Rapid Eye Movement (REM) Sleep Behaviour Disorder

Rapid eye movement (REM) sleep behaviour disorder is a sleep disorder characterized by repeated episodes of arousal, often associated with vocalizations and/or complex motor behaviours arising during REM sleep. These behaviours often reflect motor responses to the content of action-filled or violent dreams of being attacked or trying to escape from a threatening situation, called “dream enacting behaviours”. The vocalizations are often loud, emotion-filled, and profane. These behaviours may be very bothersome to the individual and the bed partner and may result in significant injury.

Risk Factors

REM sleep behaviour disorder overwhelmingly affects males older than 50 years, but increasingly this disorder is being identified in females and in younger individuals. Symptoms in young individuals, particularly young females, should raise the possibility of narcolepsy or medication-induced REM sleep behaviour disorder.

Prevalence

The prevalence of REM sleep behaviour disorder is approximately 0.5% in the general population. Prevalence in patients with psychiatric disorders may be greater, possibly related to medications prescribed for the psychiatric disorder.

Criterion A

Repeated episodes of arousal during sleep associated with vocalization and/or complex motor behaviours.

Criterion B

These behaviours arise during rapid eye movement (REM) sleep and therefore usually occur more than 90 minutes after sleep onset, are more frequent during the later portions of the sleep period, and uncommonly occur during daytime naps.

Criterion C

Upon awakening from these episodes, the individual is completely awake, alert, and not confused or disoriented.

Criterion D

Either of the following:

  1. REM sleep without atonia on polysomnographic recording
  2. A history suggestive of REM sleep behaviour disorder and an established synucleinopathy diagnosis (e.g., Parkinson’s disease, multiple system atrophy).
Criterion E

The behaviours cause clinically significant distress or impairment in social, occupational, or other important areas of functioning (which may include injury to self or the bed partner).

Criterion F

The disturbance is not attributable to the physiological effects of a substance (e.g., a drug of abuse, a medication) or another medical condition.

Criterion G

Coexisting mental and medical disorders do not explain the episodes.

The onset of REM sleep behaviour disorder may be gradual or rapid, and the course is usually progressive.

Neurodegenerative disorders

There is a very high association with the later appearance of an underlying neurodegenerative disorder, most notably one of the synucleinopathies (Parkinson's disease, multiple system atrophy, or major or mild neurocognitive disorder with Lewy bodies). REM sleep behaviour disorder associated with neurodegenerative disorders may improve as the underlying neurodegenerative disorder progresses. Based on findings from individuals presenting to sleep clinics, most individuals (>50%) with initially “'idiopathic” REM sleep behaviour disorder will eventually develop a neurodegenerative disease—most notably, one of the synucleinopathies (Parkinson's disease, multiple system atrophy, or major or mild neurocognitive disorder with Lewy bodies). REM sleep behaviour disorder often predates any other sign of these disorders by many years (often more than a decade).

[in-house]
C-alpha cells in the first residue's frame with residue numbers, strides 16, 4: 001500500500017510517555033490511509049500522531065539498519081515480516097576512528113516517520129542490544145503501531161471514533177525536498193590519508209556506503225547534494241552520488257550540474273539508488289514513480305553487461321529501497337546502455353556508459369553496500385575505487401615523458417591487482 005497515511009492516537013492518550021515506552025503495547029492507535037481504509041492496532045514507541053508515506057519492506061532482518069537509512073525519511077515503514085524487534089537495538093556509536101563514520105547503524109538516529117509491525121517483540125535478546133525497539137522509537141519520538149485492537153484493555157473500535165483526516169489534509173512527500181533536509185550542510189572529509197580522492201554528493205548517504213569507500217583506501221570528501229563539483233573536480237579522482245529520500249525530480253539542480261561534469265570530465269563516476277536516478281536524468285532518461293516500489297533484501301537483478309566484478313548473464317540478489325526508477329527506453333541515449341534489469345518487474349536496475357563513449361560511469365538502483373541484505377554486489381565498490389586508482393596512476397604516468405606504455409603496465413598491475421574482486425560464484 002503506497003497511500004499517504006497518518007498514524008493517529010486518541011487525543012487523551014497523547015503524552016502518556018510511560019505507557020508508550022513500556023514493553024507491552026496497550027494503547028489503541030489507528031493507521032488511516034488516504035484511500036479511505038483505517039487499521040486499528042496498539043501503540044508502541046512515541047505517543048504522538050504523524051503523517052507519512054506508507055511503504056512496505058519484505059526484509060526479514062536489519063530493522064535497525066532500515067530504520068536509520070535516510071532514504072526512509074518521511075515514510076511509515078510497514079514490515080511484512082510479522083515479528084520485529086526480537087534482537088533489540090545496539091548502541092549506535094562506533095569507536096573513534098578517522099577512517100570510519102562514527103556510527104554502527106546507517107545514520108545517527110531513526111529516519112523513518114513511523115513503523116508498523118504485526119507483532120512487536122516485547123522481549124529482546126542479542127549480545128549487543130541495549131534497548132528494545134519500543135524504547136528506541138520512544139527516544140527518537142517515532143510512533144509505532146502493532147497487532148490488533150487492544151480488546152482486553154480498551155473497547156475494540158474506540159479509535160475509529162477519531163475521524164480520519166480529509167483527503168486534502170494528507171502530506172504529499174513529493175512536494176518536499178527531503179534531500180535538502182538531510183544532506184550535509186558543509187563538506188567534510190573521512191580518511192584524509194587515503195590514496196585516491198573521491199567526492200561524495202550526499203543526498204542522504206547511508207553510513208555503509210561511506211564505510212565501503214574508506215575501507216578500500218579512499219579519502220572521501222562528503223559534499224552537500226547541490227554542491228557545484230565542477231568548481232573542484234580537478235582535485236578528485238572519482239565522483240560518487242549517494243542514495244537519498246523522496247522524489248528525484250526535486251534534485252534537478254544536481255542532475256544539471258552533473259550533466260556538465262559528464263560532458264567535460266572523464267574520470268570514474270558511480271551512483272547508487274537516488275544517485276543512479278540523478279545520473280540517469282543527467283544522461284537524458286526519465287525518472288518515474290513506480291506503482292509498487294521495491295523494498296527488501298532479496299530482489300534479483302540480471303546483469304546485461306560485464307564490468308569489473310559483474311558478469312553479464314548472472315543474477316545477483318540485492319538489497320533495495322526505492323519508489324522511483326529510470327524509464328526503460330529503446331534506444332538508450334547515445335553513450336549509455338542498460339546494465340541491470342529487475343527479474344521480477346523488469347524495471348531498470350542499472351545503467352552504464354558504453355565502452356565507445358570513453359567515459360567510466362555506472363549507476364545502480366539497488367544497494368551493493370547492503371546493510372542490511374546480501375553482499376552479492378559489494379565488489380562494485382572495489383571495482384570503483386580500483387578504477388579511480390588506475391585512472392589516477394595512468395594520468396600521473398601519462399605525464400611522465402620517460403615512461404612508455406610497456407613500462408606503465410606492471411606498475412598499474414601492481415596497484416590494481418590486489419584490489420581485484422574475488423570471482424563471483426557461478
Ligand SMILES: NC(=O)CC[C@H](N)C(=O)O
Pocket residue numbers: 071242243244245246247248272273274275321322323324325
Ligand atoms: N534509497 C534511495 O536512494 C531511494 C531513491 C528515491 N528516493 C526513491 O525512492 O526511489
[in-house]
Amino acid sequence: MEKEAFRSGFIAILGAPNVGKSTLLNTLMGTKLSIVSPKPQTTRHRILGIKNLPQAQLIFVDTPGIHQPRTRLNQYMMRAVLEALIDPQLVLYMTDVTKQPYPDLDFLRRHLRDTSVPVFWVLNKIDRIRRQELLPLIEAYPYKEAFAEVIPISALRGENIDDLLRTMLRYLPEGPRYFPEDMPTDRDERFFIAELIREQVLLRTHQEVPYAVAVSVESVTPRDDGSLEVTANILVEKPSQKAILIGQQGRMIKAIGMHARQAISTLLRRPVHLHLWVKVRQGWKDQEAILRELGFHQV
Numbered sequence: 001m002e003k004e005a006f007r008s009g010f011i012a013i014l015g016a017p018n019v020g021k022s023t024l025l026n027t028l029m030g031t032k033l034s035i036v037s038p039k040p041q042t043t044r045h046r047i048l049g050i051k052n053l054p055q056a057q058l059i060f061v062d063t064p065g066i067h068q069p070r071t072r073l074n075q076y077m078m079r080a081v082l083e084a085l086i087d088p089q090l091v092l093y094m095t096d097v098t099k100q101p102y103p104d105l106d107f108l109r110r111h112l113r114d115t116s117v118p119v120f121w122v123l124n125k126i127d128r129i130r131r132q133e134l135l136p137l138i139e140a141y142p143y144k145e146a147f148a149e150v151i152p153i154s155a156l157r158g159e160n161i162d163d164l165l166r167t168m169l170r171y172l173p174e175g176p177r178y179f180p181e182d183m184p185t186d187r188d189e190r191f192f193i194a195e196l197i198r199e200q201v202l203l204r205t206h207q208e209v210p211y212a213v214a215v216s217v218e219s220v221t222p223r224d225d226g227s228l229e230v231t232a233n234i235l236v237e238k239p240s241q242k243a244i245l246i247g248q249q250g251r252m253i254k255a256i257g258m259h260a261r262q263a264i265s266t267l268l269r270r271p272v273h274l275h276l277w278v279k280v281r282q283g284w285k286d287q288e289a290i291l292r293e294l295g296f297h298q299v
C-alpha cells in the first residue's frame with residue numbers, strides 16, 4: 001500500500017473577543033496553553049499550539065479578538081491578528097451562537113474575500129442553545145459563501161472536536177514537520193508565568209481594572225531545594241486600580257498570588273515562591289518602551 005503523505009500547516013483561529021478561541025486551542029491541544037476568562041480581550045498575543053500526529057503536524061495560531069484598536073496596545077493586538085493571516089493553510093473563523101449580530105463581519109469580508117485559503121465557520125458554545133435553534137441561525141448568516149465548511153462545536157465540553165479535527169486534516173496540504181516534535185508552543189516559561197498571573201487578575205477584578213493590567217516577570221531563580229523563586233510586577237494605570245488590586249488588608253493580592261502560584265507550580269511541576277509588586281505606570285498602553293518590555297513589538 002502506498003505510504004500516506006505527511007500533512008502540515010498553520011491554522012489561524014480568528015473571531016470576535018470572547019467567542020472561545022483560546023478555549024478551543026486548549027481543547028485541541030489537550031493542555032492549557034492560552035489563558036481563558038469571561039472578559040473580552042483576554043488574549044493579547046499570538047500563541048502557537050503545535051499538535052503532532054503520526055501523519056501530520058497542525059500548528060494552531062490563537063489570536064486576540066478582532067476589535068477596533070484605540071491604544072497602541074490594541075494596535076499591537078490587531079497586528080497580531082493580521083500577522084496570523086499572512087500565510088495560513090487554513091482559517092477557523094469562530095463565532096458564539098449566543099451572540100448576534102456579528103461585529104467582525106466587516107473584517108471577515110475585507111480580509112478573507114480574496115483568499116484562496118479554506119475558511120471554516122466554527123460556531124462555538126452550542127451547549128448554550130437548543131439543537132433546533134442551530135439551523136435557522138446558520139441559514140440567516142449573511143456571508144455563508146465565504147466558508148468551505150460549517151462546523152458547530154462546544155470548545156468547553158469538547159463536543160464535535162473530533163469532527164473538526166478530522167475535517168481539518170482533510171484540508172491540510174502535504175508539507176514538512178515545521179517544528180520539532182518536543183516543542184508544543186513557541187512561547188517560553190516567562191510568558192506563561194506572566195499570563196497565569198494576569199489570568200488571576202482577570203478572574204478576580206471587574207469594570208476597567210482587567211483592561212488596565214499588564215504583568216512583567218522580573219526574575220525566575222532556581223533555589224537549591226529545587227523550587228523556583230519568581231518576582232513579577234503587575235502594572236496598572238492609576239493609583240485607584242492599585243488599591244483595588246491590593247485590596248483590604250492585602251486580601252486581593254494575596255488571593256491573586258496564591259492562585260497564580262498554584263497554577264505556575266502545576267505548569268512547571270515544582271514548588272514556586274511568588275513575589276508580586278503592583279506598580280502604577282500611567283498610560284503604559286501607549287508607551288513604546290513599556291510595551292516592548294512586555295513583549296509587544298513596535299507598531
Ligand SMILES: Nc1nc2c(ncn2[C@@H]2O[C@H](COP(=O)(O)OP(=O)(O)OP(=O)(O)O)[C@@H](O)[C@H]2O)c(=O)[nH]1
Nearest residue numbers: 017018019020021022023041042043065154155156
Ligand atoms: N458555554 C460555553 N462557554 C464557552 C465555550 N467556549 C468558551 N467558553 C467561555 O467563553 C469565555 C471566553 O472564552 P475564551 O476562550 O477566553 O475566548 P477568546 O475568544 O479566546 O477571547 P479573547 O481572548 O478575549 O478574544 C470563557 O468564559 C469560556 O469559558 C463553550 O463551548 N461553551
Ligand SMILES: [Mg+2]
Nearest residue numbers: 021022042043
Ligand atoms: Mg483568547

Polysomnography

Associated laboratory findings from polysomnography indicate increased tonic and/or phasic electromyographic activity during REM sleep that is normally associated with muscle atonia. The increased muscle activity variably affects different muscle groups, mandating more extensive electromyographic monitoring than is employed in conventional sleep studies. For this reason, it is suggested that electromyographic monitoring include the submentalis, bilateral extensor digitorum, and bilateral anterior tibialis muscle groups. Continuous video monitoring is mandatory. Other polysomnographic findings may include very frequent periodic and aperiodic extremity electromyography activity during non-REM (NREM) sleep. This polysomnography observation, termed REM sleep without atonia, is present in virtually all cases of REM sleep behaviour disorder but may also be an asymptomatic polysomnographic finding.

Clinical dream-enacting behaviours coupled with the polysomnographic finding of REM without atonia is necessary for the diagnosis of REM sleep behaviour disorder. REM sleep without atonia without a clinical history of dream-enacting behaviours is simply an asymptomatic polysomnographic observation. It is not known whether isolated REM sleep without atonia is a precursor to REM sleep behaviour disorder.

  • Narcolepsy: REM sleep behavior disorder is present concurrently in approximately 30% of patients with narcolepsy.
  • Other parasomnias
  • Nocturnal seizures
  • Obstructive sleep apnea
  • Other specified dissociative disorder (sleep-related psychogenic dissociative disorder)
  • Malingering
  • Symptoms in young individuals, particularly young females, should raise the possibility of narcolepsy or medication-induced REM sleep behaviour disorder
  • Medication-induced REM Sleep Behaviour Disorder: many widely prescribed medications, including tricyclic antidepressants, selective serotonin reuptake inhibitors, serotonin-norepinephrine reuptake inhibitors, and beta-blockers, may result in polysomnographic evidence of REM sleep without atonia and in frank REM sleep behaviour disorder. It is not known whether the medications per se result in REM sleep behaviour disorder or they unmask an underlying predisposition.

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